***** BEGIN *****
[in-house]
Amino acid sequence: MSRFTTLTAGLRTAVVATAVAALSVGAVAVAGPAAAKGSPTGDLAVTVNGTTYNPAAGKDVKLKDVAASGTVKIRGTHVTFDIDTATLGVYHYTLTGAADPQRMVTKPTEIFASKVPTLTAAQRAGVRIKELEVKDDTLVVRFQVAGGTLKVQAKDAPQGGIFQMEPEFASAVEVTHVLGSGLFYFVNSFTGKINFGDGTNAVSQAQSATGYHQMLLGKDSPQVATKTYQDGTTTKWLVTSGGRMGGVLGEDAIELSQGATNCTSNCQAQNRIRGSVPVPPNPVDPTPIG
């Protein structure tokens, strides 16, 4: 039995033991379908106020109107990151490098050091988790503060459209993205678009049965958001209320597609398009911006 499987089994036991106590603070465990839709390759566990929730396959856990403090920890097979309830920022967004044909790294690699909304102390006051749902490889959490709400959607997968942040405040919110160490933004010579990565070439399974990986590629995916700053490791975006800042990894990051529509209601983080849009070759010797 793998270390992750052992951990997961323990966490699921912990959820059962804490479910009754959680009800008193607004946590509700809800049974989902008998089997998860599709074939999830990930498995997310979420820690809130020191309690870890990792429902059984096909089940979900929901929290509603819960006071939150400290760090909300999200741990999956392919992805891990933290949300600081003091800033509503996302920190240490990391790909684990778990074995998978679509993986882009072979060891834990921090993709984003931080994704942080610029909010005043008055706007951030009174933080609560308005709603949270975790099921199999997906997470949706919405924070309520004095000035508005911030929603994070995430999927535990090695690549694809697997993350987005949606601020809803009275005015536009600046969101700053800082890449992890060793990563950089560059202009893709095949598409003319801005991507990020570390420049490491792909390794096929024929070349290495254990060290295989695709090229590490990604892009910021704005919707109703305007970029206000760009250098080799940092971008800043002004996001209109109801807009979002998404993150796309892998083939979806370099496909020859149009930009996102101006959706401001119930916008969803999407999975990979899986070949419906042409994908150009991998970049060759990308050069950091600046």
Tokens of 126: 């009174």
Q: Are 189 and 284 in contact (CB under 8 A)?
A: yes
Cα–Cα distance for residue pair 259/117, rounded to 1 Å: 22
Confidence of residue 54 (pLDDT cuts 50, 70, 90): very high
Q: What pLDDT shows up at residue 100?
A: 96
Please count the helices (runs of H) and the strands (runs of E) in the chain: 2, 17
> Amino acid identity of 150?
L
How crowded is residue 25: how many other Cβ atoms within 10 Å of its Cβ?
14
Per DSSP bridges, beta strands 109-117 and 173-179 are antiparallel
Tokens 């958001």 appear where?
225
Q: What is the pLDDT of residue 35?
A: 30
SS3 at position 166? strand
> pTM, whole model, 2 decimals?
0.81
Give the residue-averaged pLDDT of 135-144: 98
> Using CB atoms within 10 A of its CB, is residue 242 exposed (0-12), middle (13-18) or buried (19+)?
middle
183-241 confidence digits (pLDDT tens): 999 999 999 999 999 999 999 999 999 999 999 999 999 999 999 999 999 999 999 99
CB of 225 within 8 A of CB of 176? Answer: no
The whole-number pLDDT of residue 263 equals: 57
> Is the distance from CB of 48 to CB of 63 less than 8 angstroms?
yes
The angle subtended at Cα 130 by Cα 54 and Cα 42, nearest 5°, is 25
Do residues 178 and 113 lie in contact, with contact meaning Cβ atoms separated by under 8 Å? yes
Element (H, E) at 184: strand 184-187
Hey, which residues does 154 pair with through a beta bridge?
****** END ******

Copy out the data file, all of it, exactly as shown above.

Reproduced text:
[in-house]
Amino acid sequence: MSRFTTLTAGLRTAVVATAVAALSVGAVAVAGPAAAKGSPTGDLAVTVNGTTYNPAAGKDVKLKDVAASGTVKIRGTHVTFDIDTATLGVYHYTLTGAADPQRMVTKPTEIFASKVPTLTAAQRAGVRIKELEVKDDTLVVRFQVAGGTLKVQAKDAPQGGIFQMEPEFASAVEVTHVLGSGLFYFVNSFTGKINFGDGTNAVSQAQSATGYHQMLLGKDSPQVATKTYQDGTTTKWLVTSGGRMGGVLGEDAIELSQGATNCTSNCQAQNRIRGSVPVPPNPVDPTPIG
């Protein structure tokens, strides 16, 4: 039995033991379908106020109107990151490098050091988790503060459209993205678009049965958001209320597609398009911006 499987089994036991106590603070465990839709390759566990929730396959856990403090920890097979309830920022967004044909790294690699909304102390006051749902490889959490709400959607997968942040405040919110160490933004010579990565070439399974990986590629995916700053490791975006800042990894990051529509209601983080849009070759010797 793998270390992750052992951990997961323990966490699921912990959820059962804490479910009754959680009800008193607004946590509700809800049974989902008998089997998860599709074939999830990930498995997310979420820690809130020191309690870890990792429902059984096909089940979900929901929290509603819960006071939150400290760090909300999200741990999956392919992805891990933290949300600081003091800033509503996302920190240490990391790909684990778990074995998978679509993986882009072979060891834990921090993709984003931080994704942080610029909010005043008055706007951030009174933080609560308005709603949270975790099921199999997906997470949706919405924070309520004095000035508005911030929603994070995430999927535990090695690549694809697997993350987005949606601020809803009275005015536009600046969101700053800082890449992890060793990563950089560059202009893709095949598409003319801005991507990020570390420049490491792909390794096929024929070349290495254990060290295989695709090229590490990604892009910021704005919707109703305007970029206000760009250098080799940092971008800043002004996001209109109801807009979002998404993150796309892998083939979806370099496909020859149009930009996102101006959706401001119930916008969803999407999975990979899986070949419906042409994908150009991998970049060759990308050069950091600046």
Tokens of 126: 């009174």
Q: Are 189 and 284 in contact (CB under 8 A)?
A: yes
Cα–Cα distance for residue pair 259/117, rounded to 1 Å: 22
Confidence of residue 54 (pLDDT cuts 50, 70, 90): very high
Q: What pLDDT shows up at residue 100?
A: 96
Please count the helices (runs of H) and the strands (runs of E) in the chain: 2, 17
> Amino acid identity of 150?
L
How crowded is residue 25: how many other Cβ atoms within 10 Å of its Cβ?
14
Per DSSP bridges, beta strands 109-117 and 173-179 are antiparallel
Tokens 């958001």 appear where?
225
Q: What is the pLDDT of residue 35?
A: 30
SS3 at position 166? strand
> pTM, whole model, 2 decimals?
0.81
Give the residue-averaged pLDDT of 135-144: 98
> Using CB atoms within 10 A of its CB, is residue 242 exposed (0-12), middle (13-18) or buried (19+)?
middle
183-241 confidence digits (pLDDT tens): 999 999 999 999 999 999 999 999 999 999 999 999 999 999 999 999 999 999 999 99
CB of 225 within 8 A of CB of 176? Answer: no
The whole-number pLDDT of residue 263 equals: 57
> Is the distance from CB of 48 to CB of 63 less than 8 angstroms?
yes
The angle subtended at Cα 130 by Cα 54 and Cα 42, nearest 5°, is 25
Do residues 178 and 113 lie in contact, with contact meaning Cβ atoms separated by under 8 Å? yes
Element (H, E) at 184: strand 184-187
Hey, which residues does 154 pair with through a beta bridge?